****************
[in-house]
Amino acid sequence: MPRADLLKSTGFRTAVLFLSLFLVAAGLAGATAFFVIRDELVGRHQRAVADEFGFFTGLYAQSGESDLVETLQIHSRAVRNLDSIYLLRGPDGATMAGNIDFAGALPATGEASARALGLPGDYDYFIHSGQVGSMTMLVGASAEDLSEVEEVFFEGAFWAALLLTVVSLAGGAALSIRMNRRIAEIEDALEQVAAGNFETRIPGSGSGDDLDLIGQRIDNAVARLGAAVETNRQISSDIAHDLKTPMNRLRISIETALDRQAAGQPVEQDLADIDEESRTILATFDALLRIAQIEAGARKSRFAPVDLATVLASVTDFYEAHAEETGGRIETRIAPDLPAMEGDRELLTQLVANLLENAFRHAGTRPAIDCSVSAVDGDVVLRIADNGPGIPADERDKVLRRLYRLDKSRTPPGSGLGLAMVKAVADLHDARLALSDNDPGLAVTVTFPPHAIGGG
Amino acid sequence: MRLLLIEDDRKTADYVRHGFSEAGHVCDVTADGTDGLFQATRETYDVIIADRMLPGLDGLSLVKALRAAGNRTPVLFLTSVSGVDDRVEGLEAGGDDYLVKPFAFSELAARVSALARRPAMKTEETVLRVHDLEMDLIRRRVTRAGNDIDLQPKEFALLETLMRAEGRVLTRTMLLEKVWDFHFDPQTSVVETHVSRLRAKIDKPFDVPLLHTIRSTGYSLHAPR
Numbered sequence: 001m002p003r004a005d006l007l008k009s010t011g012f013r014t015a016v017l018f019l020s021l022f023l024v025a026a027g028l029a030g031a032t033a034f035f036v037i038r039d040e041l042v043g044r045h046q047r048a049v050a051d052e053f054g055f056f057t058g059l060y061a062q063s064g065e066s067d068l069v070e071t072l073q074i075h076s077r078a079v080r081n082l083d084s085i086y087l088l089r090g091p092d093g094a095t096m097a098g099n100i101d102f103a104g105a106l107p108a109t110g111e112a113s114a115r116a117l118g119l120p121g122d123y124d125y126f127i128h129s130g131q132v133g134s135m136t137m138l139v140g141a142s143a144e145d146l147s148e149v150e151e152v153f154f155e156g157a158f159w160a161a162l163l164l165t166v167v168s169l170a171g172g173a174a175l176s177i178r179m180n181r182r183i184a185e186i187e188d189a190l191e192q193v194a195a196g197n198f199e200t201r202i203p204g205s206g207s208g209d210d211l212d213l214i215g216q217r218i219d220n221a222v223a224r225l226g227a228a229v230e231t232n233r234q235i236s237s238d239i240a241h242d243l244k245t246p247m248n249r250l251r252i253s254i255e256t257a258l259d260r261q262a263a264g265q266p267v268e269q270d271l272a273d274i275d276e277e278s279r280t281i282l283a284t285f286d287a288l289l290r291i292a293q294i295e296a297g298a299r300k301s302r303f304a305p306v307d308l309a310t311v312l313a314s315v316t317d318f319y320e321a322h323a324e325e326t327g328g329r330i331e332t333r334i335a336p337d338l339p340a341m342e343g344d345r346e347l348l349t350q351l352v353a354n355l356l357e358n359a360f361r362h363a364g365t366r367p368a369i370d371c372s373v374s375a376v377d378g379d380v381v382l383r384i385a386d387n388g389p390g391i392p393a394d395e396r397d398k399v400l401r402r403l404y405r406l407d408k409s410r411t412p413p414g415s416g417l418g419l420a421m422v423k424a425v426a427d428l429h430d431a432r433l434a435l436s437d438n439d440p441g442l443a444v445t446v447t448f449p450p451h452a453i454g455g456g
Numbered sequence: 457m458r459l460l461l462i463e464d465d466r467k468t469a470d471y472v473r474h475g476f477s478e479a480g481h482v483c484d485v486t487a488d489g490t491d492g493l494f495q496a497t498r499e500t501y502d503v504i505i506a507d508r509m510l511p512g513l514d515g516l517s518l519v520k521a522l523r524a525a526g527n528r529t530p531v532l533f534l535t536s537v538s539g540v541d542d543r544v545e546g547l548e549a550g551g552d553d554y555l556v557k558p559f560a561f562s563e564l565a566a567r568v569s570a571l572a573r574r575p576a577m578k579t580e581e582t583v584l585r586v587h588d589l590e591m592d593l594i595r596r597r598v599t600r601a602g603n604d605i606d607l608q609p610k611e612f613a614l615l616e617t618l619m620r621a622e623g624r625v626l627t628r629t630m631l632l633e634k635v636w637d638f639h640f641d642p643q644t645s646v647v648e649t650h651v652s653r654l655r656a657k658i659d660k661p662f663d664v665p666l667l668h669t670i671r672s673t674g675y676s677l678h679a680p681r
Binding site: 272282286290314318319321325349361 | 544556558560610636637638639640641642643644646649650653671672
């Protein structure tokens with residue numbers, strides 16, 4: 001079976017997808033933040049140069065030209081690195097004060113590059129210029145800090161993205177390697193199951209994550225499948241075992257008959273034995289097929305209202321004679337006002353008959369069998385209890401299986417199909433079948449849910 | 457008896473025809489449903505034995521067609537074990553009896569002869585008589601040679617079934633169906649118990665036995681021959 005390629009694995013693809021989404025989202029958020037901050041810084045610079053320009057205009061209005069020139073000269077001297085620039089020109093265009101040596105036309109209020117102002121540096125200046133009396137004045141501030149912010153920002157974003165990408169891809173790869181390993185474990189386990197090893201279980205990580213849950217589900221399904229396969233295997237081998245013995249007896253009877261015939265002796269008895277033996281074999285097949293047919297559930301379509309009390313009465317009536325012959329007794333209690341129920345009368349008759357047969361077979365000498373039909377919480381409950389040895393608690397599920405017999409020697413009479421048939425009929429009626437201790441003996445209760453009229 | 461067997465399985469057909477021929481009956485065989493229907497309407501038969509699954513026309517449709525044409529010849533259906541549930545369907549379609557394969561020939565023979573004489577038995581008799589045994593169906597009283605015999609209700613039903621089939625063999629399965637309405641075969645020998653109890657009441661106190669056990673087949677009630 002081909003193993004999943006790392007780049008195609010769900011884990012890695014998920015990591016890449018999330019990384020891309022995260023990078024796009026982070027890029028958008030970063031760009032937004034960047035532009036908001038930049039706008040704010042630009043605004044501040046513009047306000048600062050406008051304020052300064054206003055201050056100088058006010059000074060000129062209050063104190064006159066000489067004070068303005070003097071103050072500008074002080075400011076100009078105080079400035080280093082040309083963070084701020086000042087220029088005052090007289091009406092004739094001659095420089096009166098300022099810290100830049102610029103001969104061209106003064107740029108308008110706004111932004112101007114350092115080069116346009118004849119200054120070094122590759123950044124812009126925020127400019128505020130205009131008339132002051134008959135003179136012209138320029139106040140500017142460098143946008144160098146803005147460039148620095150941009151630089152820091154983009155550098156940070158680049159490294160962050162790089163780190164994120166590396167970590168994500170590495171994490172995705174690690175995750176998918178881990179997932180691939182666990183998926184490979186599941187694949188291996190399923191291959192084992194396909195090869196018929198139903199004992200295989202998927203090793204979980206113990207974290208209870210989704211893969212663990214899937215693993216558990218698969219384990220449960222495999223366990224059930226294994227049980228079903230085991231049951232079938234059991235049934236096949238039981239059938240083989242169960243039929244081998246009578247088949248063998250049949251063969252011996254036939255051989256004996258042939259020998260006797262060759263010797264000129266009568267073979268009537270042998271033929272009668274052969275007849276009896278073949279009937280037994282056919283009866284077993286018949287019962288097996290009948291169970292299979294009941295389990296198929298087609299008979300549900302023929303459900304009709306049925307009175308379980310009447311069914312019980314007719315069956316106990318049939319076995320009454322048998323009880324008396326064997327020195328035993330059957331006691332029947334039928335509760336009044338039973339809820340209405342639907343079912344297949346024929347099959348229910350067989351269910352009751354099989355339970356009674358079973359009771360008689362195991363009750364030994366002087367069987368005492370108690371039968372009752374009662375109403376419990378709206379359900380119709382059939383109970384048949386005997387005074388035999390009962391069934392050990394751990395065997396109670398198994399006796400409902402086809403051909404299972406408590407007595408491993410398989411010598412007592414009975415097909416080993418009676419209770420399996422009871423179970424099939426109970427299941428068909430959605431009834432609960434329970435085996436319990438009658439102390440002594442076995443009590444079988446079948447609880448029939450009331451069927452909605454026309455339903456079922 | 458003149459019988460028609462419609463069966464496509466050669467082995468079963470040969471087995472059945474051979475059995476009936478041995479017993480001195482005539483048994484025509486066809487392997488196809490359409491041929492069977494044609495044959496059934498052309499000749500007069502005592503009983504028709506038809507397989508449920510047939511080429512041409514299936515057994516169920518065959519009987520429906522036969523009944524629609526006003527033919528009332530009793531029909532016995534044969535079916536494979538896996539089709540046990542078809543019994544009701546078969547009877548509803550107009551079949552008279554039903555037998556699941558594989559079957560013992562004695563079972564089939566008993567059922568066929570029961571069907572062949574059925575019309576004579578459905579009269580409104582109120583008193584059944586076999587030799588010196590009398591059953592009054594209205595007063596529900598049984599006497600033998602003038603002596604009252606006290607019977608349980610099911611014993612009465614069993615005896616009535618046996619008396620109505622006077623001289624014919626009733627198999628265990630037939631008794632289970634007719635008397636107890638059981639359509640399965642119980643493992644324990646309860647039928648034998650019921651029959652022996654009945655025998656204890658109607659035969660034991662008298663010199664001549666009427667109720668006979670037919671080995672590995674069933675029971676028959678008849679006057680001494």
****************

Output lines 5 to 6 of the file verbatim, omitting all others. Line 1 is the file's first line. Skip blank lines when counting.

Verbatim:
Numbered sequence: 457m458r459l460l461l462i463e464d465d466r467k468t469a470d471y472v473r474h475g476f477s478e479a480g481h482v483c484d485v486t487a488d489g490t491d492g493l494f495q496a497t498r499e500t501y502d503v504i505i506a507d508r509m510l511p512g513l514d515g516l517s518l519v520k521a522l523r524a525a526g527n528r529t530p531v532l533f534l535t536s537v538s539g540v541d542d543r544v545e546g547l548e549a550g551g552d553d554y555l556v557k558p559f560a561f562s563e564l565a566a567r568v569s570a571l572a573r574r575p576a577m578k579t580e581e582t583v584l585r586v587h588d589l590e591m592d593l594i595r596r597r598v599t600r601a602g603n604d605i606d607l608q609p610k611e612f613a614l615l616e617t618l619m620r621a622e623g624r625v626l627t628r629t630m631l632l633e634k635v636w637d638f639h640f641d642p643q644t645s646v647v648e649t650h651v652s653r654l655r656a657k658i659d660k661p662f663d664v665p666l667l668h669t670i671r672s673t674g675y676s677l678h679a680p681r
Binding site: 272282286290314318319321325349361 | 544556558560610636637638639640641642643644646649650653671672